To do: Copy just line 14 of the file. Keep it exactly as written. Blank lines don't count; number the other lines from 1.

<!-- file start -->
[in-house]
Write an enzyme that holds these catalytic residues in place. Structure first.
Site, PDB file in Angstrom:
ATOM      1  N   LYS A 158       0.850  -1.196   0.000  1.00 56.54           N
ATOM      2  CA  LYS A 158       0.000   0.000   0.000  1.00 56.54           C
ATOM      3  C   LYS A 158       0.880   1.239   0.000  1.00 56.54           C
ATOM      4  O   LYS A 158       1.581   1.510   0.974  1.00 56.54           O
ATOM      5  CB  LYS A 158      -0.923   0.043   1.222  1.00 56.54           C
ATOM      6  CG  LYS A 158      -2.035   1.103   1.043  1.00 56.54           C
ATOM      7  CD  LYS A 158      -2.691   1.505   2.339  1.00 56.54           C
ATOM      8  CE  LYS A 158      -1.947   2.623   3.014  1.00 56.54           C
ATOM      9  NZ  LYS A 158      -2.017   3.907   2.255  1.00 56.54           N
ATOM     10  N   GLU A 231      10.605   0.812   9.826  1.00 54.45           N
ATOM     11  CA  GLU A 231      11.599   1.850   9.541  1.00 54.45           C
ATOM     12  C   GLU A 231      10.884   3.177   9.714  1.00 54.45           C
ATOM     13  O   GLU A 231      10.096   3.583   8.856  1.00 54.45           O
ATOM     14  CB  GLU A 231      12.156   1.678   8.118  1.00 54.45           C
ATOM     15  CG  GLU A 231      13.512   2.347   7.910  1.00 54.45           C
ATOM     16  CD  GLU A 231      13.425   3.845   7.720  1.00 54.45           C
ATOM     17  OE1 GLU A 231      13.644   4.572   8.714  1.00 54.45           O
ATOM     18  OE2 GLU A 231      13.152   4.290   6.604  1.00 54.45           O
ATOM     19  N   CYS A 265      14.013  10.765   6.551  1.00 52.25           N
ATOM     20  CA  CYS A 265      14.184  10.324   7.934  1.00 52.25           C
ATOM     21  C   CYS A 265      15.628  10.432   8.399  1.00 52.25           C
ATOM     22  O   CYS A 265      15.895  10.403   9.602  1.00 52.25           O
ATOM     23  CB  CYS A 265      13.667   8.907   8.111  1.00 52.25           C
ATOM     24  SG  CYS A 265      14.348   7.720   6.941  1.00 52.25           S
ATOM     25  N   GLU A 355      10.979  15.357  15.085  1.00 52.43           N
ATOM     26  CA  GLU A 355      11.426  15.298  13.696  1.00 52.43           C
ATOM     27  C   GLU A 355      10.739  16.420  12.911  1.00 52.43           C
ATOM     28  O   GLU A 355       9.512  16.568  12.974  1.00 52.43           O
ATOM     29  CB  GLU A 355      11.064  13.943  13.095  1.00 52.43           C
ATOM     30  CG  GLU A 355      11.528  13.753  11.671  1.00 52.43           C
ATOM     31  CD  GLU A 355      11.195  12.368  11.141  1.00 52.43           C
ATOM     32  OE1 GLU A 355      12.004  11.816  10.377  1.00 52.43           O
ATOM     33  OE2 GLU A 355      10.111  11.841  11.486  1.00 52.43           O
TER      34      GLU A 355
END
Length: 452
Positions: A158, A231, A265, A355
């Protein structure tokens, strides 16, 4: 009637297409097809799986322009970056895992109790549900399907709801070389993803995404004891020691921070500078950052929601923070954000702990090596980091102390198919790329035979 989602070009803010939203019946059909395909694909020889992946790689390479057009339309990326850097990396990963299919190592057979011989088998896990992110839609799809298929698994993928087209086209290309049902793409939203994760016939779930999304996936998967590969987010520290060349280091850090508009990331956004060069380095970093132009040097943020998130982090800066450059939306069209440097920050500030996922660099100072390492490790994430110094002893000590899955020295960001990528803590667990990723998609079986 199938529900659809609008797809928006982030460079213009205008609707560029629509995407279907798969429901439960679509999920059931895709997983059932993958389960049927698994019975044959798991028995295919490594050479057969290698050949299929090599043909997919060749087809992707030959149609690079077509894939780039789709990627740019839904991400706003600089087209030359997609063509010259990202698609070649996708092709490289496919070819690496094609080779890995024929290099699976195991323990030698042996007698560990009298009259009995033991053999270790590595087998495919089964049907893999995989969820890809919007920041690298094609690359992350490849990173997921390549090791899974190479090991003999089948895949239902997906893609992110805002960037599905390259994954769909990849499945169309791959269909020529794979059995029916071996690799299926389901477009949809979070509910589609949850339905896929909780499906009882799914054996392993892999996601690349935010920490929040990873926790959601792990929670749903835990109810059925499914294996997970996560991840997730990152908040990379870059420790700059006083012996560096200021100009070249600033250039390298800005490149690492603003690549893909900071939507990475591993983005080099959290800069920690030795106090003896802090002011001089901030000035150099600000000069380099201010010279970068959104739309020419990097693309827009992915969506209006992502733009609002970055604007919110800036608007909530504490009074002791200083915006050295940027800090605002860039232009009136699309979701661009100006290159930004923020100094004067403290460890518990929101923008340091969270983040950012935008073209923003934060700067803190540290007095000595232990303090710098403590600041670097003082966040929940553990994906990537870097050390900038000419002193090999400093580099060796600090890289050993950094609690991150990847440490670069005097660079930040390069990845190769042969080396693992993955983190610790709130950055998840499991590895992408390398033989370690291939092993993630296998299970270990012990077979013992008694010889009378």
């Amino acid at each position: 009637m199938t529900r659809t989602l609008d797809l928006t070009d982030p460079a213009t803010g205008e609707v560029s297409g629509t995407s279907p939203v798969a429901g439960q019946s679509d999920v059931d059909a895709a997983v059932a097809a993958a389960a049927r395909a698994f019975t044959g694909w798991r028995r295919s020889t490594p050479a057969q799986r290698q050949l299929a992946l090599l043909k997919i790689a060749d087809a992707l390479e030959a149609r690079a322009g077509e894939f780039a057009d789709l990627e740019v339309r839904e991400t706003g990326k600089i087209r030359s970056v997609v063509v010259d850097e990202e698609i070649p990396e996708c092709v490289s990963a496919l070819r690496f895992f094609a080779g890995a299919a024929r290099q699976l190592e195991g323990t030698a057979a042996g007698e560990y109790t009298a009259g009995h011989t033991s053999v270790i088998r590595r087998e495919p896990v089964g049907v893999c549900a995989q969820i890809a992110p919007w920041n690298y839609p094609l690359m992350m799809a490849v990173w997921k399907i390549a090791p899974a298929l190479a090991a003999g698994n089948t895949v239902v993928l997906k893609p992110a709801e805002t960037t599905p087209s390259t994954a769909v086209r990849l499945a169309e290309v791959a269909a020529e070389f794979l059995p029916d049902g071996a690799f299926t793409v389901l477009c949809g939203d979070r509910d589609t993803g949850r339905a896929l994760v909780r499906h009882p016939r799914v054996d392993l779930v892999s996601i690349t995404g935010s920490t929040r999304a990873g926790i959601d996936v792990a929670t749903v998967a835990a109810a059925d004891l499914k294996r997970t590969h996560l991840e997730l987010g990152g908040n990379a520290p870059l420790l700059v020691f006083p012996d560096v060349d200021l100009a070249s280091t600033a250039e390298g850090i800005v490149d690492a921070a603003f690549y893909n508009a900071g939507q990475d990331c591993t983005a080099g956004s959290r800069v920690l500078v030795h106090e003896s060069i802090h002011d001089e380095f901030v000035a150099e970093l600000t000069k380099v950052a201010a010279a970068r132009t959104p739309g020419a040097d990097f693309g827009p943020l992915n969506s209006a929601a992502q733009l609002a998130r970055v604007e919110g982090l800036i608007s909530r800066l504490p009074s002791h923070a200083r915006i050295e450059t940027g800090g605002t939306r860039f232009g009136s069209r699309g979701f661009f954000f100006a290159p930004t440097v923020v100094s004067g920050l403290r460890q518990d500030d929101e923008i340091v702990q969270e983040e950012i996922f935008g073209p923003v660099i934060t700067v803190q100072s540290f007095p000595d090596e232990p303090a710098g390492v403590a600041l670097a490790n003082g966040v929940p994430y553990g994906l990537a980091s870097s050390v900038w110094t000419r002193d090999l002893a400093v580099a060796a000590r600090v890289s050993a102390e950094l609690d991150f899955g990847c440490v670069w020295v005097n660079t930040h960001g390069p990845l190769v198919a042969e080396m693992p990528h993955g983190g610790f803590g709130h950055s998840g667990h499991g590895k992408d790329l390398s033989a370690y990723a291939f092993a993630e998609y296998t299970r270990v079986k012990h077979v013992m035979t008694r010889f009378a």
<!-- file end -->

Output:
ATOM     11  CA  GLU A 231      11.599   1.850   9.541  1.00 54.45           C